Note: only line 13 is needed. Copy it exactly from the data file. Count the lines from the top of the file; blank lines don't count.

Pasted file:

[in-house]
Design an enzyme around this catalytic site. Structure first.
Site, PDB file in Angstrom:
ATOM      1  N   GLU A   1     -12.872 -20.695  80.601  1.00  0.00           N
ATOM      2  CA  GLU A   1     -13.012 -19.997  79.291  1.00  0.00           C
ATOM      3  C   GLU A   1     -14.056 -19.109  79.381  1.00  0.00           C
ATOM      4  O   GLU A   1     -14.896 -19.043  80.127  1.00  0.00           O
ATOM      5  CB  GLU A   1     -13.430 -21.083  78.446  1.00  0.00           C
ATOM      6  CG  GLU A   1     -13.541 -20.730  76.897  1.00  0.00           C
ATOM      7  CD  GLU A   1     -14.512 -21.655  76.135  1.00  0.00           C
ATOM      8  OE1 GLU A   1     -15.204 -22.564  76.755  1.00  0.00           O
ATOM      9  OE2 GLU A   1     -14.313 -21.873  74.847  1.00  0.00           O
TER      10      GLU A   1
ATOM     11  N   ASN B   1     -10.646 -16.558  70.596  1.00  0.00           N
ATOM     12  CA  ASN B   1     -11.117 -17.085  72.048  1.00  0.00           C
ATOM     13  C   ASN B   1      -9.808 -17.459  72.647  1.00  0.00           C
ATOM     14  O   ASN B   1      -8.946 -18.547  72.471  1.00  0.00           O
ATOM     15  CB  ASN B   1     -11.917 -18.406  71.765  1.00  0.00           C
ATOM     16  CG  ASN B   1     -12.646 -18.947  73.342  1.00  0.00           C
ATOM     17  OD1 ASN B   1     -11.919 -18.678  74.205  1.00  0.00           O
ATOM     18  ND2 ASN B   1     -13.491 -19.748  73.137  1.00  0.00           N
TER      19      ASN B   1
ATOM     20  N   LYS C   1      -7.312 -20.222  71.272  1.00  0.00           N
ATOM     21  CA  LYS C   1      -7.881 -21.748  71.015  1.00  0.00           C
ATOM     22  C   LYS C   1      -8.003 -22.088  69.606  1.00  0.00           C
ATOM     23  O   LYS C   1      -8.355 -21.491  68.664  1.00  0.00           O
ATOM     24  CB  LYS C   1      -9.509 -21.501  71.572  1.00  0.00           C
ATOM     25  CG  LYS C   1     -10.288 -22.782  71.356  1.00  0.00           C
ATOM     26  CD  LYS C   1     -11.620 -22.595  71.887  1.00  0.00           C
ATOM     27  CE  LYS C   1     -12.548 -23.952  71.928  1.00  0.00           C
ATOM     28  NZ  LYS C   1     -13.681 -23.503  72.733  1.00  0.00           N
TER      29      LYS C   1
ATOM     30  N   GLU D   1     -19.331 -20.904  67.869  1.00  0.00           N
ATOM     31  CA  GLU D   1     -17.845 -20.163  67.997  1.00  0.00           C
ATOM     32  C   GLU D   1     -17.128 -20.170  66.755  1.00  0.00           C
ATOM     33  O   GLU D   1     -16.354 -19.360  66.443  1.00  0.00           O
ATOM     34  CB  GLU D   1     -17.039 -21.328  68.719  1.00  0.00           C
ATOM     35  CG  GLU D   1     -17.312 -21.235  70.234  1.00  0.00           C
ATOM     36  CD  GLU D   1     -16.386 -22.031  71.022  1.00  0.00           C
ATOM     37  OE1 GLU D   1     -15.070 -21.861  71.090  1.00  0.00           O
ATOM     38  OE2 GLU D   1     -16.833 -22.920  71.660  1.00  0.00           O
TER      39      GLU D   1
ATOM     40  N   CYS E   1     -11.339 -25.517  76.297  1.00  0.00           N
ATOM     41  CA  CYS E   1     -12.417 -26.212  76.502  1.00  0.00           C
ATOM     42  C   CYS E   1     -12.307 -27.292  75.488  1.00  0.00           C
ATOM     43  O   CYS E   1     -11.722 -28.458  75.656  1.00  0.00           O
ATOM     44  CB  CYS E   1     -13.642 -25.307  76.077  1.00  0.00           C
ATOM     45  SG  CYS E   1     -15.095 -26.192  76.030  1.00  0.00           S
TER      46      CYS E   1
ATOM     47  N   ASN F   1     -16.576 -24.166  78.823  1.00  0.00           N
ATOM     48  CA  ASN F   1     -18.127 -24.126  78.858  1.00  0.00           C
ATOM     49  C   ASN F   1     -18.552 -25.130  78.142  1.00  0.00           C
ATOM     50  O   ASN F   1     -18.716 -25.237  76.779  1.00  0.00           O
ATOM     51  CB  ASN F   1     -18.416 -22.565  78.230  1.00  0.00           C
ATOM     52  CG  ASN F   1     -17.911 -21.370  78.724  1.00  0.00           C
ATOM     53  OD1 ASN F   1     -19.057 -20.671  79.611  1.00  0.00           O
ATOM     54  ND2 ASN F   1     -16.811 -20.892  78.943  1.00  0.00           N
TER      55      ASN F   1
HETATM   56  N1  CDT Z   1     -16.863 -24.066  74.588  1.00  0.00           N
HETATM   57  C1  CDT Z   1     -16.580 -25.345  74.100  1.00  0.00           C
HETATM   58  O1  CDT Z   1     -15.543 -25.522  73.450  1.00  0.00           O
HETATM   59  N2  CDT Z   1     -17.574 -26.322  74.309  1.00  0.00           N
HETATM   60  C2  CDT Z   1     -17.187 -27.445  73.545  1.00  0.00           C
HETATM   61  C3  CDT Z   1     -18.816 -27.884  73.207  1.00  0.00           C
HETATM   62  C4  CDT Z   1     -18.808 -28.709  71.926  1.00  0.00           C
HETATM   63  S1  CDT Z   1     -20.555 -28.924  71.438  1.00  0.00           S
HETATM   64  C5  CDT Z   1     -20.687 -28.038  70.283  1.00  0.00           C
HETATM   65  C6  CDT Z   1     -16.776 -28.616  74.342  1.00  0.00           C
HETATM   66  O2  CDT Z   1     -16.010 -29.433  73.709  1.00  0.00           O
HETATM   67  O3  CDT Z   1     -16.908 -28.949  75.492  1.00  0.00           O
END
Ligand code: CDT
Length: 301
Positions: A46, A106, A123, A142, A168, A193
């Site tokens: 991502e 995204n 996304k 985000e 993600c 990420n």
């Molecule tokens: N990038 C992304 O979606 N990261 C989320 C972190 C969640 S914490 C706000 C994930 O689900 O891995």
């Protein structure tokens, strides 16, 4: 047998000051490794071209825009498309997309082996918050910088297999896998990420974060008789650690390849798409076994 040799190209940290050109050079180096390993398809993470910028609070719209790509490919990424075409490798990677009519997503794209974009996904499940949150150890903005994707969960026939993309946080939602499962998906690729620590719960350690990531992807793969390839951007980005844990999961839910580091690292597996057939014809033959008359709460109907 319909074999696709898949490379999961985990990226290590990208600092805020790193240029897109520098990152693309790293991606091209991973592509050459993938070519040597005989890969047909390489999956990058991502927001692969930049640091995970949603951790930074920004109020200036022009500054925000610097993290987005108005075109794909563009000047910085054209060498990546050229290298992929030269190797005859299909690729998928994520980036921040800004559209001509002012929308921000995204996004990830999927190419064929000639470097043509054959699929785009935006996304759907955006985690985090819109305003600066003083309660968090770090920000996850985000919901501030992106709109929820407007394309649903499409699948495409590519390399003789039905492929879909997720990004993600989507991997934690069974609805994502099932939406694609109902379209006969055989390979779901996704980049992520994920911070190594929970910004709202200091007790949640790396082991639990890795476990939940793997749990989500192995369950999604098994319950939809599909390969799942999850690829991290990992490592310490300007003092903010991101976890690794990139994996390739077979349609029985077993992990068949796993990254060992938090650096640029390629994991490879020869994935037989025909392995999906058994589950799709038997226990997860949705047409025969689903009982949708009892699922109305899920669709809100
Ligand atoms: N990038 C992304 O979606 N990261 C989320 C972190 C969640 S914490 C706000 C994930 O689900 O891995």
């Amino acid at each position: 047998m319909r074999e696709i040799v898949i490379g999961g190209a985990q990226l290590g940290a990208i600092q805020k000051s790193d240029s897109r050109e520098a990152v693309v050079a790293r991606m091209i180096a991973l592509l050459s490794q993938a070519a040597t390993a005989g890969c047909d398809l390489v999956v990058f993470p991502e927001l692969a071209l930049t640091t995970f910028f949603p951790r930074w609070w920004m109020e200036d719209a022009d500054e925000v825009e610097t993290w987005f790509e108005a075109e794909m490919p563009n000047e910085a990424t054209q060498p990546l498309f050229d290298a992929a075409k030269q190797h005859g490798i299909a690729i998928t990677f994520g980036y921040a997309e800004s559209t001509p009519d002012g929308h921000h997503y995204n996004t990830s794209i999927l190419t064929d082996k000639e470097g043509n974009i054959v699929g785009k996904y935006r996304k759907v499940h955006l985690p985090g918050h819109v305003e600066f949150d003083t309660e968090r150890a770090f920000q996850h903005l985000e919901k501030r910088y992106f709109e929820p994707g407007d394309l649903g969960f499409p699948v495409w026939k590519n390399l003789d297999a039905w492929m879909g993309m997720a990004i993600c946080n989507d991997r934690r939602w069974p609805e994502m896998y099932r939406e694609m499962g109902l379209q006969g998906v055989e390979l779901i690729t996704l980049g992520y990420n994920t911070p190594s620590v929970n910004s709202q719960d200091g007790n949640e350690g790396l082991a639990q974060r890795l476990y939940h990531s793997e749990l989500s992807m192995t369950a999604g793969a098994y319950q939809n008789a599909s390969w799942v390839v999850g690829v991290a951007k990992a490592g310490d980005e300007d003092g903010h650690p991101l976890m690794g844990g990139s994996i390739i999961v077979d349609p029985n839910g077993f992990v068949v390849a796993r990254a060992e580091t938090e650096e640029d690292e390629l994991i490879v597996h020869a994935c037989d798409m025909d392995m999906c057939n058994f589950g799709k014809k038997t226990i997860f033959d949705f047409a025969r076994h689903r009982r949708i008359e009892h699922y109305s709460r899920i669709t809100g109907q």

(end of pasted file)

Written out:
TER      10      GLU A   1